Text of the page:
Apple released a document clarifying its security patch policy. Although most of the information isn’t new, Apple clarified one aspect it hasn’t before. Older versions of macOS and iOS receive security updates, but only devices running the most recent versions should expect to be completely protected.

Apple released the document earlier this week. Apple explicitly said that only the newest version of its operating systems will be fully patched and have all security features enabled. Older versions still get security updates, though some fixes may be missing.

“Because of dependency on architecture and system changes to any current version of macOS (for example, macOS 13), not all known security issues are addressed in previous versions (for example, macOS 12)”, the document reads.

Analysts dissect the document

Apple’s policy regarding security patches has been discussed by analysts for some time. Joshua Long, Chief Security Analyst at Inego, has closely monitored bug fixes and patches to iOS and macOS for years.

Long found that although older products generally receive modern security patches, a legacy device may have to wait months before receiving the same security fix of a modern operating system version. The document confirms Long’s findings.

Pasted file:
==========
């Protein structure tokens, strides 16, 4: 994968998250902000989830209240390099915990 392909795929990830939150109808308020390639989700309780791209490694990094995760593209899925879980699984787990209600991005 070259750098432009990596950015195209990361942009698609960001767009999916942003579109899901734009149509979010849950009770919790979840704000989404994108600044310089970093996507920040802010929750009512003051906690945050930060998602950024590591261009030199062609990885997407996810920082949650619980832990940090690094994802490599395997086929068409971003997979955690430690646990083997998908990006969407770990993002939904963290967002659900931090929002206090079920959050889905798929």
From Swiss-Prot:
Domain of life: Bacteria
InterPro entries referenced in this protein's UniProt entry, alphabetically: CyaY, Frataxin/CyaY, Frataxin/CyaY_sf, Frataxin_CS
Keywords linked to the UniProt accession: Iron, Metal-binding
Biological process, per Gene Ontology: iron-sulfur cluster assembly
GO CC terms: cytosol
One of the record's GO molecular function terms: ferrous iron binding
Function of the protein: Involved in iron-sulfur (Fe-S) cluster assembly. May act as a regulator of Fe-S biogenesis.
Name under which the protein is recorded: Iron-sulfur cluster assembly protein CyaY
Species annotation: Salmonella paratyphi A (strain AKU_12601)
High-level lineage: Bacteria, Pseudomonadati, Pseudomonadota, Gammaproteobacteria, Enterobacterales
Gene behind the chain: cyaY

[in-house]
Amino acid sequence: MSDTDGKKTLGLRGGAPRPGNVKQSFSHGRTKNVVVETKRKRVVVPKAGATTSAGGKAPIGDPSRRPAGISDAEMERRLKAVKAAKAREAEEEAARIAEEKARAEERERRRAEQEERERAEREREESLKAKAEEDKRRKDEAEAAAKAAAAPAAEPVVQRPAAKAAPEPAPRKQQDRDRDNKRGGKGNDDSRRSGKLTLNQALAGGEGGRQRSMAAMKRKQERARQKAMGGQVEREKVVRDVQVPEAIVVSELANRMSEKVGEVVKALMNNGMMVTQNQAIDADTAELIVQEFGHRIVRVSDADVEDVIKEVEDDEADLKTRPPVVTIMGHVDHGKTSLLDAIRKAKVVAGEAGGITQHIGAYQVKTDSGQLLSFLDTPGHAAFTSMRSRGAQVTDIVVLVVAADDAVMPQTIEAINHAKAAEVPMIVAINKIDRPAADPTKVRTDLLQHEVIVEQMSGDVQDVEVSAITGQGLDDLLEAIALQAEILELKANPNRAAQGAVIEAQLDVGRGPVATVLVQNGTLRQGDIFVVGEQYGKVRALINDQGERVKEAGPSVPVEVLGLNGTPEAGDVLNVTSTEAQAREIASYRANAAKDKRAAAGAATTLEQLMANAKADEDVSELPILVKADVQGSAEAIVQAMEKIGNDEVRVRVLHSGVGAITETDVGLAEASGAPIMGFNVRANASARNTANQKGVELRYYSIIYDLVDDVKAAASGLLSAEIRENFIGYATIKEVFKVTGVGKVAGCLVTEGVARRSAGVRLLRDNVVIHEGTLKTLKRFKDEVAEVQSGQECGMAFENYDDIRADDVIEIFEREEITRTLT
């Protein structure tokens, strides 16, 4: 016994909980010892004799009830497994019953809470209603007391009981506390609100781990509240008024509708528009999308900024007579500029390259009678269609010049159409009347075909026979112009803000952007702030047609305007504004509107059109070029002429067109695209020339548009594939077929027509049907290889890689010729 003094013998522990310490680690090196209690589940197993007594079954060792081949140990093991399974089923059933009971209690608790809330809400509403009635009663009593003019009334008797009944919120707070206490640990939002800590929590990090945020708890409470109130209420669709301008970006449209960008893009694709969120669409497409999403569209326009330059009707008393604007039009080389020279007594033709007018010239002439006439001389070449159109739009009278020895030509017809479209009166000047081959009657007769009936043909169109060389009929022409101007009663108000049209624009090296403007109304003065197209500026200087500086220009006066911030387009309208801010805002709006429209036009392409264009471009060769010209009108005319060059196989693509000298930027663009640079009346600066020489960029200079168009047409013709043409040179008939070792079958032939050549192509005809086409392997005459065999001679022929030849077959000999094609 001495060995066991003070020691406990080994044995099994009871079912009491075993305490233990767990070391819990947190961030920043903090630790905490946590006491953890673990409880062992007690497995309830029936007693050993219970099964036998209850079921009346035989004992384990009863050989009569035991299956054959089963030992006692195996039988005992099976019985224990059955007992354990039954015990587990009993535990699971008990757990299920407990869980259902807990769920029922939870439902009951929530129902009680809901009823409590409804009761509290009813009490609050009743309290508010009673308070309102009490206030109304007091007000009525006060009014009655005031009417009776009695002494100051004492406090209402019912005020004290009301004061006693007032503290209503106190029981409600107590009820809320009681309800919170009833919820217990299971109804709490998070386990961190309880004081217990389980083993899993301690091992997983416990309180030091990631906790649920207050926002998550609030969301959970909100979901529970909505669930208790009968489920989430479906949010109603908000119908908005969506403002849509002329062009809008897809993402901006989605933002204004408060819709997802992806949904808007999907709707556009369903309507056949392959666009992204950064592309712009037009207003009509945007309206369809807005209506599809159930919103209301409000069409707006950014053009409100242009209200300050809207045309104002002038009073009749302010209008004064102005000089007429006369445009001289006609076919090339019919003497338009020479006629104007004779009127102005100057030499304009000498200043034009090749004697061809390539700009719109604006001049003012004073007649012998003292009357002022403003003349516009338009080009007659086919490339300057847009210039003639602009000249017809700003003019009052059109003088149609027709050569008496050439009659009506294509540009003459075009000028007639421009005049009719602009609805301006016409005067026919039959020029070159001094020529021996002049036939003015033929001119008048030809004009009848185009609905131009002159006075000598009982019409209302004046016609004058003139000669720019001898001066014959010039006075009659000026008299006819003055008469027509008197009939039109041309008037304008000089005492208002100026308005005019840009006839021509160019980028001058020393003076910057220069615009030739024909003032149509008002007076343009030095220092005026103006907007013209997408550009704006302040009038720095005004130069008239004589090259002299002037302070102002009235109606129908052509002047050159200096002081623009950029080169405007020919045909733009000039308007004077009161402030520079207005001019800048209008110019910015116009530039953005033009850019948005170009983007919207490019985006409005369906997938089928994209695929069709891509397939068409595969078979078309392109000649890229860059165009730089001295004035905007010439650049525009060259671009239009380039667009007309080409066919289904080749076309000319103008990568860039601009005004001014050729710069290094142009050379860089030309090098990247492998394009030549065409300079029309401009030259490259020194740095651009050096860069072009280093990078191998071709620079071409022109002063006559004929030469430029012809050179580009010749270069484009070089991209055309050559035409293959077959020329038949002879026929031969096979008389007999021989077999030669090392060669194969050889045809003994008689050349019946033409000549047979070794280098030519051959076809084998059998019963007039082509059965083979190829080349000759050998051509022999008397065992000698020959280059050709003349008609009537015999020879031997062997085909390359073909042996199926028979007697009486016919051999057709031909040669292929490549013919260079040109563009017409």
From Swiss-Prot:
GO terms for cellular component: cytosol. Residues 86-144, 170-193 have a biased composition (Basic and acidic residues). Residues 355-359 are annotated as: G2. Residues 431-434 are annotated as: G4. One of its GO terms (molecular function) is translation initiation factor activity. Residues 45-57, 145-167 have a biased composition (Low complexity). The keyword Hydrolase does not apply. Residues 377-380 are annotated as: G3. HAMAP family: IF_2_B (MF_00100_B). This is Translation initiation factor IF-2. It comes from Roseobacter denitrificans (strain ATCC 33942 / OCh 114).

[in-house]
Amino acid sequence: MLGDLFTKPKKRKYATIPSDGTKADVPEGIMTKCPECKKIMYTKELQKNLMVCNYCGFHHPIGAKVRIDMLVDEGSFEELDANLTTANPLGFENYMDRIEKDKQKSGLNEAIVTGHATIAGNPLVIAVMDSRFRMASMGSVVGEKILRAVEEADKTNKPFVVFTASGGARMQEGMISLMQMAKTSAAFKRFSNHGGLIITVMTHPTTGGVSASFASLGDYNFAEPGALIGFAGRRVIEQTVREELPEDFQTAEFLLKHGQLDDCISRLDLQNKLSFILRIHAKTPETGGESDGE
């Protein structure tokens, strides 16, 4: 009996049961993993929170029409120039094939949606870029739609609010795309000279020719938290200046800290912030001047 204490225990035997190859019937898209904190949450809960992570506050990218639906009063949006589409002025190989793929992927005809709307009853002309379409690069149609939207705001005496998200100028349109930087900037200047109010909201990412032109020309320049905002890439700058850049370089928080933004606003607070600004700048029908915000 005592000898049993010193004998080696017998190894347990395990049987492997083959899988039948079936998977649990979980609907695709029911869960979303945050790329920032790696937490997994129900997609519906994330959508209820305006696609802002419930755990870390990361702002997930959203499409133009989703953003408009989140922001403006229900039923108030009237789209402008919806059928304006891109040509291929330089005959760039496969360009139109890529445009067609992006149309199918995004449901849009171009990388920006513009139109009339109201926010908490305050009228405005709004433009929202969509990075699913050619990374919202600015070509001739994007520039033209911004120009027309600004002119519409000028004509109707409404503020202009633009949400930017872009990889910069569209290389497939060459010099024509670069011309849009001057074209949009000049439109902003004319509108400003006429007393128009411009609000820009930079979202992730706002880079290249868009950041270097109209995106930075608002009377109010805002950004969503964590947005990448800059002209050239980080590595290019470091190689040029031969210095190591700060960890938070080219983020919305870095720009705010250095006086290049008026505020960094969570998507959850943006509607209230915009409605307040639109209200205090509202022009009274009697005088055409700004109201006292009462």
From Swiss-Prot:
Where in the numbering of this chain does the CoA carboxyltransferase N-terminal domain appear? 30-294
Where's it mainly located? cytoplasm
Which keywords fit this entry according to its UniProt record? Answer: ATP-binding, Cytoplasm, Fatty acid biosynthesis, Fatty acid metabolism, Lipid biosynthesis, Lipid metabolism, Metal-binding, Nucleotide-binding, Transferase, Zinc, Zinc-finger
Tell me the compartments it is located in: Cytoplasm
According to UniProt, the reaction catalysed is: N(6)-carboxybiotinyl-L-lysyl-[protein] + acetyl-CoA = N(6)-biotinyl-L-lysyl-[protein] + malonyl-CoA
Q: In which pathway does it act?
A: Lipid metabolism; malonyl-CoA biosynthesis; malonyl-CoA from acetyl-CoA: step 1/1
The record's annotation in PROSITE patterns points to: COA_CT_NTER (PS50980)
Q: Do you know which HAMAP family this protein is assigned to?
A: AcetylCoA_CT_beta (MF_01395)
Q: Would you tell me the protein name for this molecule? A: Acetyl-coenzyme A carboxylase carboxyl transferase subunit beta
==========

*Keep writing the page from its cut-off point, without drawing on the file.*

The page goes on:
Deciding factor

While the document underscores that security isn’t guaranteed on older devices, Apple’s policy doesn’t have to be deciding factor for how long you use a product before updating to a newer machine.

Running an up-to-date Big Sur or Monterey operating system, an up-to-date Safari browser and up-to-date Mac apps should protect against most critical threats.

However, if you believe you’re specifically targeted by attackers, running the latest version of an operating system can provide comfort.

Tip: Apple releases iPadOS 16, iOS 16.1 and macOS Ventura